Big groups gone bad

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Aug 242004
 
Authors: Adrienne Hoenig

Rioting this past weekend has some people in the CSU community

wondering what went wrong.

Sociologists often link incidents such as these to collective,

or mob, behavior. This sort of behavior is usually characterized by

large groups of people spontaneously participating in activities

that violate dominant values.

“Individuals as individuals behave differently than when they

are together in groups,” said Prabha Unnitham, a sociology

professor at CSU.

Many CSU students are no strangers to this sort of group

behavior.

“I can understand going along with the rest of the group,” said

Briana Phillips, a senior business management major. “I can’t

understand how it would get that bad.”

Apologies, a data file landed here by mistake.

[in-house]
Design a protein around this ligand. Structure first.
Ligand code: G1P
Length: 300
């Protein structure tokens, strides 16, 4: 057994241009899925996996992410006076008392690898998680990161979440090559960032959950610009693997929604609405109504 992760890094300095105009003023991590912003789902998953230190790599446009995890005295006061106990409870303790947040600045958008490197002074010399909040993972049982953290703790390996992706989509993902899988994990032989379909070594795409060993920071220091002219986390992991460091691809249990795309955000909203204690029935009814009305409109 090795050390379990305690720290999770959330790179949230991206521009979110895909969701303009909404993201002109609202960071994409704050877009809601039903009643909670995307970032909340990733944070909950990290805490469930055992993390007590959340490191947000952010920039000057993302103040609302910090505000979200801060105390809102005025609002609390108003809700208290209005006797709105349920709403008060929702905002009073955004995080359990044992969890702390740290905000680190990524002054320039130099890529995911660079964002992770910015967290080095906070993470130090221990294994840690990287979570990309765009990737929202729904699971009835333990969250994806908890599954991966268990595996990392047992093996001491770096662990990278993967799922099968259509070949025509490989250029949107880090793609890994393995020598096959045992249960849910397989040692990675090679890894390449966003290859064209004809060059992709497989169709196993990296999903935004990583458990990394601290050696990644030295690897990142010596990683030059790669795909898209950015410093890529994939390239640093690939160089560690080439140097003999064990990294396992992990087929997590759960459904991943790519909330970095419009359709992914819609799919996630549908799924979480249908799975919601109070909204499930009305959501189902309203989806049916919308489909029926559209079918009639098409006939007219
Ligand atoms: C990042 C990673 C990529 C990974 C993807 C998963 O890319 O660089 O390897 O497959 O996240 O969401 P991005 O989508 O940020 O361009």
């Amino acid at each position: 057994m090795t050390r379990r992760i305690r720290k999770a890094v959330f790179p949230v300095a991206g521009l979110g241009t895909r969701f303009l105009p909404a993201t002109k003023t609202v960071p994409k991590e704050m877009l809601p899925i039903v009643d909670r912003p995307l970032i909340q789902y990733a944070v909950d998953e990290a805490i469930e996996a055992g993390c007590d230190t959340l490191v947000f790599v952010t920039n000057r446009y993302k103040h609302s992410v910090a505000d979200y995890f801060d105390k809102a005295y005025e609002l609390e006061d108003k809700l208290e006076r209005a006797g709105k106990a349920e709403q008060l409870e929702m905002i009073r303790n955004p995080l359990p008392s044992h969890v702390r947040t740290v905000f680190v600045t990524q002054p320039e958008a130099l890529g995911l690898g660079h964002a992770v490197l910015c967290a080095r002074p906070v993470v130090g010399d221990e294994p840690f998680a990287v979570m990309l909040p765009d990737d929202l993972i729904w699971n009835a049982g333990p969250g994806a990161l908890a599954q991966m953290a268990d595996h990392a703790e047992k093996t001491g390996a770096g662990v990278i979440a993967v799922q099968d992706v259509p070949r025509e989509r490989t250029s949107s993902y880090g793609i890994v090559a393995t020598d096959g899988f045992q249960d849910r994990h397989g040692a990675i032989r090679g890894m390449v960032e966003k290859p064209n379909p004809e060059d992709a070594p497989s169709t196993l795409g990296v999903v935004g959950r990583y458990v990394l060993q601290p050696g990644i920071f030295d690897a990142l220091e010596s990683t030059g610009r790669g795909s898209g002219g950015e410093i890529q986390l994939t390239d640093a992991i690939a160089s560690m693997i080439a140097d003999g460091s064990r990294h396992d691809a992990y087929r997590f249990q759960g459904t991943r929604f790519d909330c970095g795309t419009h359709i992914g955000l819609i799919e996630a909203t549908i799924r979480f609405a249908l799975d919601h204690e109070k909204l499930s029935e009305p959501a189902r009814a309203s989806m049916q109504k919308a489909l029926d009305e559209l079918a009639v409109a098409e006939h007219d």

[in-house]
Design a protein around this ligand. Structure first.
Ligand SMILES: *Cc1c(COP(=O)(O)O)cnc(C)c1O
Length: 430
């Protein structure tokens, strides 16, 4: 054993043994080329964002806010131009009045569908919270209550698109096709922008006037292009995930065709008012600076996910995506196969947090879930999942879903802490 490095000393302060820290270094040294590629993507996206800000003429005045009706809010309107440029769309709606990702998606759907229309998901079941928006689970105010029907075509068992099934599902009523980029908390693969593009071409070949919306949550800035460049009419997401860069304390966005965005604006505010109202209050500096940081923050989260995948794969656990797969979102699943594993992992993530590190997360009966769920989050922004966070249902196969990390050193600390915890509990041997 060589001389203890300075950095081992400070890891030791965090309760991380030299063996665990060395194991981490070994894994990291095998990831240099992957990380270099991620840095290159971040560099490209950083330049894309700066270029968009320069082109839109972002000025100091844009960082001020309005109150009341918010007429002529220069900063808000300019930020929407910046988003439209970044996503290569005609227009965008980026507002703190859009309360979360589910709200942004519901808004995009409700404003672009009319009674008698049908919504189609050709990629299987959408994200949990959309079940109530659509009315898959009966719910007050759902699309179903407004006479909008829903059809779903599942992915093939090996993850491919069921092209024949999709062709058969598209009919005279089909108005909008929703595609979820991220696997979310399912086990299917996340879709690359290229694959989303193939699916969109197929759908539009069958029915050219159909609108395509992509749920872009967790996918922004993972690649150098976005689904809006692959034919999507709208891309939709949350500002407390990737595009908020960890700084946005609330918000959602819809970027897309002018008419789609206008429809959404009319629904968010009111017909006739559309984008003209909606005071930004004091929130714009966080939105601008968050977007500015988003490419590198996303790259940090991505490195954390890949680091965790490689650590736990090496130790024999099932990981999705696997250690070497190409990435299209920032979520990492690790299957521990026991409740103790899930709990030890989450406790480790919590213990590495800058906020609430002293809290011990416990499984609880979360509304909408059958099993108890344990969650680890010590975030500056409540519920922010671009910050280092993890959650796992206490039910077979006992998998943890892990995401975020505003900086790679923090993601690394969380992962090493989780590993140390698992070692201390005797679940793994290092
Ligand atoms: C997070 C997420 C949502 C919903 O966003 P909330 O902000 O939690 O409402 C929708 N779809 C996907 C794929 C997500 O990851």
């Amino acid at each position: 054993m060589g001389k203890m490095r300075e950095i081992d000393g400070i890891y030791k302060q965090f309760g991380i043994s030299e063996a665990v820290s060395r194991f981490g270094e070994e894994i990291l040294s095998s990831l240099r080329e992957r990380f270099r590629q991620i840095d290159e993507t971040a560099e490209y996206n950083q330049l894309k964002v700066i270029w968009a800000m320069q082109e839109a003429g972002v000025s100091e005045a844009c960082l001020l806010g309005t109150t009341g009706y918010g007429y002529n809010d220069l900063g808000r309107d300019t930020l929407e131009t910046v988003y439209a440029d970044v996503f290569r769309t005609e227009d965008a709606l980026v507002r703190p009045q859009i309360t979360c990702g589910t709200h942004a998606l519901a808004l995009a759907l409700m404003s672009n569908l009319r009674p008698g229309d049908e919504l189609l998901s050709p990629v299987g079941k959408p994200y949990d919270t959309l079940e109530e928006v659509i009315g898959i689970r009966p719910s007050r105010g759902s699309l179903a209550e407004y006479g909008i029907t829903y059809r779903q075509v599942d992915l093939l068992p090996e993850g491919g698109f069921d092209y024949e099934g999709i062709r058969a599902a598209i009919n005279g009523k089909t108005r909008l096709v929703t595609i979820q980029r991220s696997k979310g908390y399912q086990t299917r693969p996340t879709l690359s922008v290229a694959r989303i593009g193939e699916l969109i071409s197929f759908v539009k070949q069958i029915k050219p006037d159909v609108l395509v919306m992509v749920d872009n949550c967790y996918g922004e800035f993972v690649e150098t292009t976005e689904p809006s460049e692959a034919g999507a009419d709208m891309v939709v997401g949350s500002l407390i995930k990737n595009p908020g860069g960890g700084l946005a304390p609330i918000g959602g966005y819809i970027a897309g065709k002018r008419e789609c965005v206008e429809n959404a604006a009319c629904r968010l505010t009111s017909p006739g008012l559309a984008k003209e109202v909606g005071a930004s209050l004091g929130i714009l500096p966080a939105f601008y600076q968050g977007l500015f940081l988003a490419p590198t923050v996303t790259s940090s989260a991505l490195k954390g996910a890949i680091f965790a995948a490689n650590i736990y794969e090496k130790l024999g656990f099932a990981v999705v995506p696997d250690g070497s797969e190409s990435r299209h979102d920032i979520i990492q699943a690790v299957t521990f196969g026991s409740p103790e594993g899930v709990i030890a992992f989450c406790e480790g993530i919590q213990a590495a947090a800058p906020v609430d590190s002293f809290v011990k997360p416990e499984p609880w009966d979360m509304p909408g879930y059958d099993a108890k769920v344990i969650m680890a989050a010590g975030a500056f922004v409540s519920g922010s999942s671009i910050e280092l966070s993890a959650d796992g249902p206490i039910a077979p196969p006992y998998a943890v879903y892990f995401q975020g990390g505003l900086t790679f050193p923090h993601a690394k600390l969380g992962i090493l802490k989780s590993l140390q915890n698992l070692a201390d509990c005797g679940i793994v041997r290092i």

Ryan Phillips, a freshman business major, thinks some

individuals may lose their common sense in a situation with so many

people.

“It’s like strength in numbers, but in the wrong direction,”

Phillips said. “When you’ve got more people doing something like

that you don’t think about getting in trouble.”

Sociology department Chair Lou Swanson said alcohol consumption

can play a large role in riot behavior as well.

“Lowered inhibitions associated with drunken behavior has got to

be a factor,” said Swanson, who is also sociology professor. “Once

you have alcohol involved in a large disorderly group, you’re

likely to have an interaction on multiple events.”

Unnithan agreed.

“I think in American society the idea is that alcohol is a

lubricant,” Unnithan said. “It allows you to say things and do

things you might not otherwise say or do.”

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